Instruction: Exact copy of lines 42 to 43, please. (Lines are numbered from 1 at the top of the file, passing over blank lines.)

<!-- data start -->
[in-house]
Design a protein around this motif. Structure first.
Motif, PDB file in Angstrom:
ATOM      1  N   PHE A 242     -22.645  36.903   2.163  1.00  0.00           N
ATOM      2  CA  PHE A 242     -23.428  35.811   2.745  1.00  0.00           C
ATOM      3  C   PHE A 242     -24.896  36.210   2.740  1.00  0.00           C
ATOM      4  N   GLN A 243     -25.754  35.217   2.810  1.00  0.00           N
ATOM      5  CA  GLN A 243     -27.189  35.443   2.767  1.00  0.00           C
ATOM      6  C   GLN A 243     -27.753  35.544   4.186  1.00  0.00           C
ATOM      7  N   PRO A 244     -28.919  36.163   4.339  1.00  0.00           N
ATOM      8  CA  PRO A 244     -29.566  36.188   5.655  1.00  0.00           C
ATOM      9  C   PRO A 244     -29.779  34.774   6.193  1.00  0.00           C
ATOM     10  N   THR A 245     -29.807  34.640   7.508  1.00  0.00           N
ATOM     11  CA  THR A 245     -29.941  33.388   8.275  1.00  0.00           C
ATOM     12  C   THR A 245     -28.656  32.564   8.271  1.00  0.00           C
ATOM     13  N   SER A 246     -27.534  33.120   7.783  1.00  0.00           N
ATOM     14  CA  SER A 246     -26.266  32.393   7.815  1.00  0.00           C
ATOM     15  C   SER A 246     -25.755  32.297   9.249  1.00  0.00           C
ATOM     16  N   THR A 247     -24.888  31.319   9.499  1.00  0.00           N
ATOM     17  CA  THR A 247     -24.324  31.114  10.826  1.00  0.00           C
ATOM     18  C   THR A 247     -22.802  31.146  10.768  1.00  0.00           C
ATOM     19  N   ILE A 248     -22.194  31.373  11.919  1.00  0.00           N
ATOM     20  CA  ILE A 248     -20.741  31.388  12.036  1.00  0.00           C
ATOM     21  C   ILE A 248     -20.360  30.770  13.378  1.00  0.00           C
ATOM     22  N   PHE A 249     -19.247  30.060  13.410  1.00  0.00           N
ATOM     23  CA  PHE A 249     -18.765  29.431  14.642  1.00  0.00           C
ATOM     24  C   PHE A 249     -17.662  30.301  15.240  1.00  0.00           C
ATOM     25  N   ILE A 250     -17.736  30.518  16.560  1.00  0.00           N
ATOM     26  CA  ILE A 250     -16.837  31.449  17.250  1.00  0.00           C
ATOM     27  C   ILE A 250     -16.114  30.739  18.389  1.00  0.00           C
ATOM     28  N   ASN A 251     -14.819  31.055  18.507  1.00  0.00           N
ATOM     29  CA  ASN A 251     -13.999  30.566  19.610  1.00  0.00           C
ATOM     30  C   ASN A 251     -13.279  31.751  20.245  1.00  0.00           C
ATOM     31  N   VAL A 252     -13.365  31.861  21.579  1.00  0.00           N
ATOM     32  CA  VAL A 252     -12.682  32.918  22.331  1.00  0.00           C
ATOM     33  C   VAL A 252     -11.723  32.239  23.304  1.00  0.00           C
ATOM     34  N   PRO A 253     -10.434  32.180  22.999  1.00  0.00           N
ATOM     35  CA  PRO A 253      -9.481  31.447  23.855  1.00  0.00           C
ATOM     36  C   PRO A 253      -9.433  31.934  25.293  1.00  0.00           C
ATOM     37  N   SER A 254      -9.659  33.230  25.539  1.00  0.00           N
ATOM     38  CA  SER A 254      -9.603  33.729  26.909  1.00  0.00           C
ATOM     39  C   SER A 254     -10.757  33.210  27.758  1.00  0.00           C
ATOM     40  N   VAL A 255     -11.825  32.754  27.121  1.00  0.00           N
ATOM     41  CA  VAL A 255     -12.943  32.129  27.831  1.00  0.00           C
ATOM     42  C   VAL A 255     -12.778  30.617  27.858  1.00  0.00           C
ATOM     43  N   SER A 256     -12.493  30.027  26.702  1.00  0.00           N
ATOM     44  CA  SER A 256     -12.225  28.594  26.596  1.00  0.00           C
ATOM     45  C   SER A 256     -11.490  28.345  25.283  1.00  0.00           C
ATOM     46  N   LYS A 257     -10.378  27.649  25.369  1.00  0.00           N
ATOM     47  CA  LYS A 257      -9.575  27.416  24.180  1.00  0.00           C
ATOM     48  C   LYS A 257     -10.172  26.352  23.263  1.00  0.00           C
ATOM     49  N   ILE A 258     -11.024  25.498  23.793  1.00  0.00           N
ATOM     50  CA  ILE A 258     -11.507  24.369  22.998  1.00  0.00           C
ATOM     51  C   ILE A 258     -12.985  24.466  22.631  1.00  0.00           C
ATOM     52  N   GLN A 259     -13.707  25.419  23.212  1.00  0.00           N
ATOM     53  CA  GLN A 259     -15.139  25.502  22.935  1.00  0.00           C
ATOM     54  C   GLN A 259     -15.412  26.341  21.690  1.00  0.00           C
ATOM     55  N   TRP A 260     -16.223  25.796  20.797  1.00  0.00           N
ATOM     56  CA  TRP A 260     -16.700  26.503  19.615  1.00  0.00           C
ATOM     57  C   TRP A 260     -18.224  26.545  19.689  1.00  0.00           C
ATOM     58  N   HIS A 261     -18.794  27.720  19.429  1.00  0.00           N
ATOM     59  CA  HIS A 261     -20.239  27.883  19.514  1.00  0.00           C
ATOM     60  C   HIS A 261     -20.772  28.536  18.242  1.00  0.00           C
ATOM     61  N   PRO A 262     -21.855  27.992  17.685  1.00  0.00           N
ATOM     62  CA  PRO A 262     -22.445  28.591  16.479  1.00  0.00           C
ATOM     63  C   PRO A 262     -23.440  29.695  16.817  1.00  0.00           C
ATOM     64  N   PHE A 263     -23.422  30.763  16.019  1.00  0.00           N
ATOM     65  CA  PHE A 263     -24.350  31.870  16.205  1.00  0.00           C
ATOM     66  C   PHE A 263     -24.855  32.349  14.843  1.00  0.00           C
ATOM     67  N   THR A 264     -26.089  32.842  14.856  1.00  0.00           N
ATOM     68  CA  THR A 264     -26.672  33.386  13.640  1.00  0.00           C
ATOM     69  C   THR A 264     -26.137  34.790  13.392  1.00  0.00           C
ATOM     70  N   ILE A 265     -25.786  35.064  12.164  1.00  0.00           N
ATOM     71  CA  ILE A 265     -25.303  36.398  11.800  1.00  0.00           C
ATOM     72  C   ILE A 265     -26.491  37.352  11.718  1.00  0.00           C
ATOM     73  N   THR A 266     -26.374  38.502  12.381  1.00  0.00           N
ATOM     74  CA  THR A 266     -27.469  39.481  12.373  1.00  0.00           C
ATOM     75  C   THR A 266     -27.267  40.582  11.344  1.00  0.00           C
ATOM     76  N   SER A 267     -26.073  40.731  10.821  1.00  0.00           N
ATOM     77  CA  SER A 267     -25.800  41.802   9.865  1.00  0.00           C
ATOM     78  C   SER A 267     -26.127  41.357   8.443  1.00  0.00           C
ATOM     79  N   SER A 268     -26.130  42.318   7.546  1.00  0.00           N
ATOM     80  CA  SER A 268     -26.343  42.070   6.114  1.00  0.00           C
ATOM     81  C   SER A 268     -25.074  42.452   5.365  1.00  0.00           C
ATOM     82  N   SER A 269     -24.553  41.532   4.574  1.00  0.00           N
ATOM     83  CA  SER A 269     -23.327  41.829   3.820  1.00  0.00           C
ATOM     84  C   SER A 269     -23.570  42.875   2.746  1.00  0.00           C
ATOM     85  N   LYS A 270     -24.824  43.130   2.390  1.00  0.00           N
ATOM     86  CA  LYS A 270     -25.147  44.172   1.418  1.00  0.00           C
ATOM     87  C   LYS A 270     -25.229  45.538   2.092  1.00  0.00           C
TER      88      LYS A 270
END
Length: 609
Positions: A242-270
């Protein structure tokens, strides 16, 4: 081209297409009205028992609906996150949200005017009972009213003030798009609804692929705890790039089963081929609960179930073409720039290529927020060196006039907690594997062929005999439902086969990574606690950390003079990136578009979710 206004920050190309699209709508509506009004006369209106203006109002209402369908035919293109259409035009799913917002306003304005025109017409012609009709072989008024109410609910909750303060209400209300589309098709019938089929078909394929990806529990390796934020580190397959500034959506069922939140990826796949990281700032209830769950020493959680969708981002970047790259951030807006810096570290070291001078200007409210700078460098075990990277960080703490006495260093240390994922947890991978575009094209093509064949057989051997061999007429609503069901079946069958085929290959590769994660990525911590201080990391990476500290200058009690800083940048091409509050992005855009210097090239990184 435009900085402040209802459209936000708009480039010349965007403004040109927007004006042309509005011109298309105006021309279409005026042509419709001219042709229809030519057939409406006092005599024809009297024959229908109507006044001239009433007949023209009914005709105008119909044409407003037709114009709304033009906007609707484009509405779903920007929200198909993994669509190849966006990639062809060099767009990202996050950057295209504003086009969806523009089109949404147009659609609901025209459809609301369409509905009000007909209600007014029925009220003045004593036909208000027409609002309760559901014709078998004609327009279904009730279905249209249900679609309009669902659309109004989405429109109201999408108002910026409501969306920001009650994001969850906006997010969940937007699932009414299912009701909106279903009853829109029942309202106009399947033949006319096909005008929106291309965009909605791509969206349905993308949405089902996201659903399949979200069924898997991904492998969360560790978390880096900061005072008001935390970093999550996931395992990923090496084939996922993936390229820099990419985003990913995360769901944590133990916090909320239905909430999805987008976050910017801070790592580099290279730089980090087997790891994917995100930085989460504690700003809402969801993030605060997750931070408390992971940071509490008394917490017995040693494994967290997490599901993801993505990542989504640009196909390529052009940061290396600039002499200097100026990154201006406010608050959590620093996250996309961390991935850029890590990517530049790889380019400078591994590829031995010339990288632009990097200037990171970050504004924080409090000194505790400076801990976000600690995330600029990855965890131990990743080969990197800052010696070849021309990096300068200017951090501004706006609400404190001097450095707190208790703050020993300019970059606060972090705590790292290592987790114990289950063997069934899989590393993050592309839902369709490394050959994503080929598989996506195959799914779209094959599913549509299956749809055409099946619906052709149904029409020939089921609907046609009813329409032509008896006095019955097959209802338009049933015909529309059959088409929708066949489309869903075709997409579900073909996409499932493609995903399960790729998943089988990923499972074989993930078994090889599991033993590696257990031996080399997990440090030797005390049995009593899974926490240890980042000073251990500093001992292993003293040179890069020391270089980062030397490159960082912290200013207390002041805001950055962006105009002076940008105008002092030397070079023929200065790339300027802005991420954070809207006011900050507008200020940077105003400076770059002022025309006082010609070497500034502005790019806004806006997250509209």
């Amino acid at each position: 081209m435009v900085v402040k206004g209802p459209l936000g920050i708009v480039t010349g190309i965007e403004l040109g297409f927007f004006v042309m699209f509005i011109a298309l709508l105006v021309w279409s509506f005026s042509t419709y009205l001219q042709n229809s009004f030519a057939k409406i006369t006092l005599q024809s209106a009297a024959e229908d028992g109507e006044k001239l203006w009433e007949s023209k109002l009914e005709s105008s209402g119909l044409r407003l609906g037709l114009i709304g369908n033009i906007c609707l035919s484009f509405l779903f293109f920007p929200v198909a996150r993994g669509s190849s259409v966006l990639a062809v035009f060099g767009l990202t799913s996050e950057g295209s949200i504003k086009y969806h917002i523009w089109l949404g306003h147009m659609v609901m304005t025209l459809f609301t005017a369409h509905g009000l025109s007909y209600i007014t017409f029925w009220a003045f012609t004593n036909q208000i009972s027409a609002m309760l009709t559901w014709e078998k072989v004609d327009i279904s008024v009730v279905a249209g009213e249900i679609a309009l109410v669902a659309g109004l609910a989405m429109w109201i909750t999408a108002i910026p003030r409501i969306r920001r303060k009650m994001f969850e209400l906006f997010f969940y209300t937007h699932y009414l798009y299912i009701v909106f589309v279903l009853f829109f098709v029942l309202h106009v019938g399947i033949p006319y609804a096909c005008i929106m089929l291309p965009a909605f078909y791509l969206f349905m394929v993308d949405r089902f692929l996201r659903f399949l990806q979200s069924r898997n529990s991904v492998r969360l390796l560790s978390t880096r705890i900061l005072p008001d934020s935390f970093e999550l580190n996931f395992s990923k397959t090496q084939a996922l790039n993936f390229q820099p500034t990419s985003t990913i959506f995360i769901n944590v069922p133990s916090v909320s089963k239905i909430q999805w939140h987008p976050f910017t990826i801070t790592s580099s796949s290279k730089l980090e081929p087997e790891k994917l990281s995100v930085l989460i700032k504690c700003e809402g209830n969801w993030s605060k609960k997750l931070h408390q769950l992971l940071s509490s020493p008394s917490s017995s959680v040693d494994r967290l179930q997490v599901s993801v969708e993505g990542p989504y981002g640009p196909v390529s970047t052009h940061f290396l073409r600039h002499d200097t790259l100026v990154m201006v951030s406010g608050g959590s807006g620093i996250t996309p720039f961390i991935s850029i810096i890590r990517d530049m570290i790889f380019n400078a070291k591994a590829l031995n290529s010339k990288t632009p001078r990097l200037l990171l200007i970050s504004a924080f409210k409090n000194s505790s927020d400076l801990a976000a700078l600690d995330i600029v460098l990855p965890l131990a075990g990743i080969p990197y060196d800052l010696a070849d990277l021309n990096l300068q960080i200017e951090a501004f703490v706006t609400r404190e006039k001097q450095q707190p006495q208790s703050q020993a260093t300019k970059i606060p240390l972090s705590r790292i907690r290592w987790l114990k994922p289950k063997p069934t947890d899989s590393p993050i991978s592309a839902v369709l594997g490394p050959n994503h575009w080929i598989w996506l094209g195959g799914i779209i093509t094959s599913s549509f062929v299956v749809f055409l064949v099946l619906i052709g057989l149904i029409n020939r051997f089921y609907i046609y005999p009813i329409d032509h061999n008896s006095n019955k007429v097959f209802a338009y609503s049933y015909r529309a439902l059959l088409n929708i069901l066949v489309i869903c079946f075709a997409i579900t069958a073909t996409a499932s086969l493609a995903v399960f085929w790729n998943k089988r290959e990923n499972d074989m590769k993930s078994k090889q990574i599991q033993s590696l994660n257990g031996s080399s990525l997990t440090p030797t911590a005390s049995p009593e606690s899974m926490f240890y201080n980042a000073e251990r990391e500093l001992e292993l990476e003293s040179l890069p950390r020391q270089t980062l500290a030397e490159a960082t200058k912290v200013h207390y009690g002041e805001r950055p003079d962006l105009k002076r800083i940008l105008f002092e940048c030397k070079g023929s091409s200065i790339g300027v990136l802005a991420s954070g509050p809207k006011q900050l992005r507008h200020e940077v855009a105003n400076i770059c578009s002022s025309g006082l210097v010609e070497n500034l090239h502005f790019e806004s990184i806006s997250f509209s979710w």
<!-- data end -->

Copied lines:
ATOM     39  C   SER A 254     -10.757  33.210  27.758  1.00  0.00           C
ATOM     40  N   VAL A 255     -11.825  32.754  27.121  1.00  0.00           N